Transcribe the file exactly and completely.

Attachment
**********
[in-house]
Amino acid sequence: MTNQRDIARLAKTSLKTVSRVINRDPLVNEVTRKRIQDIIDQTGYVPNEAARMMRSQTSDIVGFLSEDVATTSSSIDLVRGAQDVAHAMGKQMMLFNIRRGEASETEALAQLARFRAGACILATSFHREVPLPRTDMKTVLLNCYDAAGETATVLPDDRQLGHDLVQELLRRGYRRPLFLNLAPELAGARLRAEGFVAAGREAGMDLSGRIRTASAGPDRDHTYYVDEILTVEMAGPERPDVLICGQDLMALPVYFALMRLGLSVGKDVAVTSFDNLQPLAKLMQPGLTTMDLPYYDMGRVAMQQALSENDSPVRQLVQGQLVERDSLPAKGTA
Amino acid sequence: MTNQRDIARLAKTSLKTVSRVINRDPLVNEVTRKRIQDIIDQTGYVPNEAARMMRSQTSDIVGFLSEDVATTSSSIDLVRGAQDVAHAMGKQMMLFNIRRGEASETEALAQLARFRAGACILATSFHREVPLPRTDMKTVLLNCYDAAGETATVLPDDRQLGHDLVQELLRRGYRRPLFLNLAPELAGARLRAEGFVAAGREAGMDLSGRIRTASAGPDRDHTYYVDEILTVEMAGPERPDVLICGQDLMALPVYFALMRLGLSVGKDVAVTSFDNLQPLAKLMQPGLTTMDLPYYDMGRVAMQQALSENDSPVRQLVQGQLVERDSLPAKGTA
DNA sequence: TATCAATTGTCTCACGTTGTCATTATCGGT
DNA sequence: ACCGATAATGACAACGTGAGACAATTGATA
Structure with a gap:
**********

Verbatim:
[in-house]
Amino acid sequence: MTNQRDIARLAKTSLKTVSRVINRDPLVNEVTRKRIQDIIDQTGYVPNEAARMMRSQTSDIVGFLSEDVATTSSSIDLVRGAQDVAHAMGKQMMLFNIRRGEASETEALAQLARFRAGACILATSFHREVPLPRTDMKTVLLNCYDAAGETATVLPDDRQLGHDLVQELLRRGYRRPLFLNLAPELAGARLRAEGFVAAGREAGMDLSGRIRTASAGPDRDHTYYVDEILTVEMAGPERPDVLICGQDLMALPVYFALMRLGLSVGKDVAVTSFDNLQPLAKLMQPGLTTMDLPYYDMGRVAMQQALSENDSPVRQLVQGQLVERDSLPAKGTA
Amino acid sequence: MTNQRDIARLAKTSLKTVSRVINRDPLVNEVTRKRIQDIIDQTGYVPNEAARMMRSQTSDIVGFLSEDVATTSSSIDLVRGAQDVAHAMGKQMMLFNIRRGEASETEALAQLARFRAGACILATSFHREVPLPRTDMKTVLLNCYDAAGETATVLPDDRQLGHDLVQELLRRGYRRPLFLNLAPELAGARLRAEGFVAAGREAGMDLSGRIRTASAGPDRDHTYYVDEILTVEMAGPERPDVLICGQDLMALPVYFALMRLGLSVGKDVAVTSFDNLQPLAKLMQPGLTTMDLPYYDMGRVAMQQALSENDSPVRQLVQGQLVERDSLPAKGTA
DNA sequence: TATCAATTGTCTCACGTTGTCATTATCGGT
DNA sequence: ACCGATAATGACAACGTGAGACAATTGATA
Structure with a gap: